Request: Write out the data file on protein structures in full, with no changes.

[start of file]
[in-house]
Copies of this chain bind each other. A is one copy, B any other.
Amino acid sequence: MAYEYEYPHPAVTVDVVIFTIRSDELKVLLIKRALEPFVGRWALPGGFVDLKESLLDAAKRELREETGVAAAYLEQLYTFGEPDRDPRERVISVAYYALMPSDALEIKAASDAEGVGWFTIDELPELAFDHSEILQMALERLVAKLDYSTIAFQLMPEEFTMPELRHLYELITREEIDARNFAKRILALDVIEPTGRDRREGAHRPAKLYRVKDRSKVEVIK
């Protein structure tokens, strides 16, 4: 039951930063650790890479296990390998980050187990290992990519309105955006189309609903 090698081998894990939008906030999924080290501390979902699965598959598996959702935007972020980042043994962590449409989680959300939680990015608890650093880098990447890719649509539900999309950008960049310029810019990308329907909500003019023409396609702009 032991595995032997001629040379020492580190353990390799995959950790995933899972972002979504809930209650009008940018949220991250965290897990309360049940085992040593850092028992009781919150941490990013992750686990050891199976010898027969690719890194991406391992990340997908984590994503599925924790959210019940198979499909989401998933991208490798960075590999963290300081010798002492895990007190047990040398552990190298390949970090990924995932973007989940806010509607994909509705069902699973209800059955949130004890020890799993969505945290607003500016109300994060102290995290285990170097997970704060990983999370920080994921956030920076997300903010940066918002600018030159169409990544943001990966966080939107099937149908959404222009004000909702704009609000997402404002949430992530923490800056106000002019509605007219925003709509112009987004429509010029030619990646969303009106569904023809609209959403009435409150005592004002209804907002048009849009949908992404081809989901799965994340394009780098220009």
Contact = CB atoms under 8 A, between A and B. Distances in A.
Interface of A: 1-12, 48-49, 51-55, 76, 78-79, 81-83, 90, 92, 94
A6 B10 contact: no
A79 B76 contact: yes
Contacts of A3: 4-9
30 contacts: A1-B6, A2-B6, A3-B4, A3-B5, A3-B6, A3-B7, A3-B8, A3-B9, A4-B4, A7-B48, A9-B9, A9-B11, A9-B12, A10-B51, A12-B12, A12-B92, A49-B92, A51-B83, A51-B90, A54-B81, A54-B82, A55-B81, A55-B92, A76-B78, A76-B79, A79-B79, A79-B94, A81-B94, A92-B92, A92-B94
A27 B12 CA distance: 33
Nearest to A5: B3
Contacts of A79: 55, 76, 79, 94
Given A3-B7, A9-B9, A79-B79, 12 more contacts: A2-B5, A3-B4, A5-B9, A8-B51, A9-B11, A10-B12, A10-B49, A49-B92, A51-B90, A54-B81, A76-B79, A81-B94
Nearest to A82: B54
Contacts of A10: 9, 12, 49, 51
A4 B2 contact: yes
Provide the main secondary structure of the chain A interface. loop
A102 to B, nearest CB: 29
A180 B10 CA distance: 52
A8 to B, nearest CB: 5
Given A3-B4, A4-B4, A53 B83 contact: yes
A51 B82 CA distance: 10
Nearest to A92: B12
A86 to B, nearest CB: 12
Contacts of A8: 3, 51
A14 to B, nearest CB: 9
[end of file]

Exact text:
[in-house]
Copies of this chain bind each other. A is one copy, B any other.
Amino acid sequence: MAYEYEYPHPAVTVDVVIFTIRSDELKVLLIKRALEPFVGRWALPGGFVDLKESLLDAAKRELREETGVAAAYLEQLYTFGEPDRDPRERVISVAYYALMPSDALEIKAASDAEGVGWFTIDELPELAFDHSEILQMALERLVAKLDYSTIAFQLMPEEFTMPELRHLYELITREEIDARNFAKRILALDVIEPTGRDRREGAHRPAKLYRVKDRSKVEVIK
């Protein structure tokens, strides 16, 4: 039951930063650790890479296990390998980050187990290992990519309105955006189309609903 090698081998894990939008906030999924080290501390979902699965598959598996959702935007972020980042043994962590449409989680959300939680990015608890650093880098990447890719649509539900999309950008960049310029810019990308329907909500003019023409396609702009 032991595995032997001629040379020492580190353990390799995959950790995933899972972002979504809930209650009008940018949220991250965290897990309360049940085992040593850092028992009781919150941490990013992750686990050891199976010898027969690719890194991406391992990340997908984590994503599925924790959210019940198979499909989401998933991208490798960075590999963290300081010798002492895990007190047990040398552990190298390949970090990924995932973007989940806010509607994909509705069902699973209800059955949130004890020890799993969505945290607003500016109300994060102290995290285990170097997970704060990983999370920080994921956030920076997300903010940066918002600018030159169409990544943001990966966080939107099937149908959404222009004000909702704009609000997402404002949430992530923490800056106000002019509605007219925003709509112009987004429509010029030619990646969303009106569904023809609209959403009435409150005592004002209804907002048009849009949908992404081809989901799965994340394009780098220009």
Contact = CB atoms under 8 A, between A and B. Distances in A.
Interface of A: 1-12, 48-49, 51-55, 76, 78-79, 81-83, 90, 92, 94
A6 B10 contact: no
A79 B76 contact: yes
Contacts of A3: 4-9
30 contacts: A1-B6, A2-B6, A3-B4, A3-B5, A3-B6, A3-B7, A3-B8, A3-B9, A4-B4, A7-B48, A9-B9, A9-B11, A9-B12, A10-B51, A12-B12, A12-B92, A49-B92, A51-B83, A51-B90, A54-B81, A54-B82, A55-B81, A55-B92, A76-B78, A76-B79, A79-B79, A79-B94, A81-B94, A92-B92, A92-B94
A27 B12 CA distance: 33
Nearest to A5: B3
Contacts of A79: 55, 76, 79, 94
Given A3-B7, A9-B9, A79-B79, 12 more contacts: A2-B5, A3-B4, A5-B9, A8-B51, A9-B11, A10-B12, A10-B49, A49-B92, A51-B90, A54-B81, A76-B79, A81-B94
Nearest to A82: B54
Contacts of A10: 9, 12, 49, 51
A4 B2 contact: yes
Provide the main secondary structure of the chain A interface. loop
A102 to B, nearest CB: 29
A180 B10 CA distance: 52
A8 to B, nearest CB: 5
Given A3-B4, A4-B4, A53 B83 contact: yes
A51 B82 CA distance: 10
Nearest to A92: B12
A86 to B, nearest CB: 12
Contacts of A8: 3, 51
A14 to B, nearest CB: 9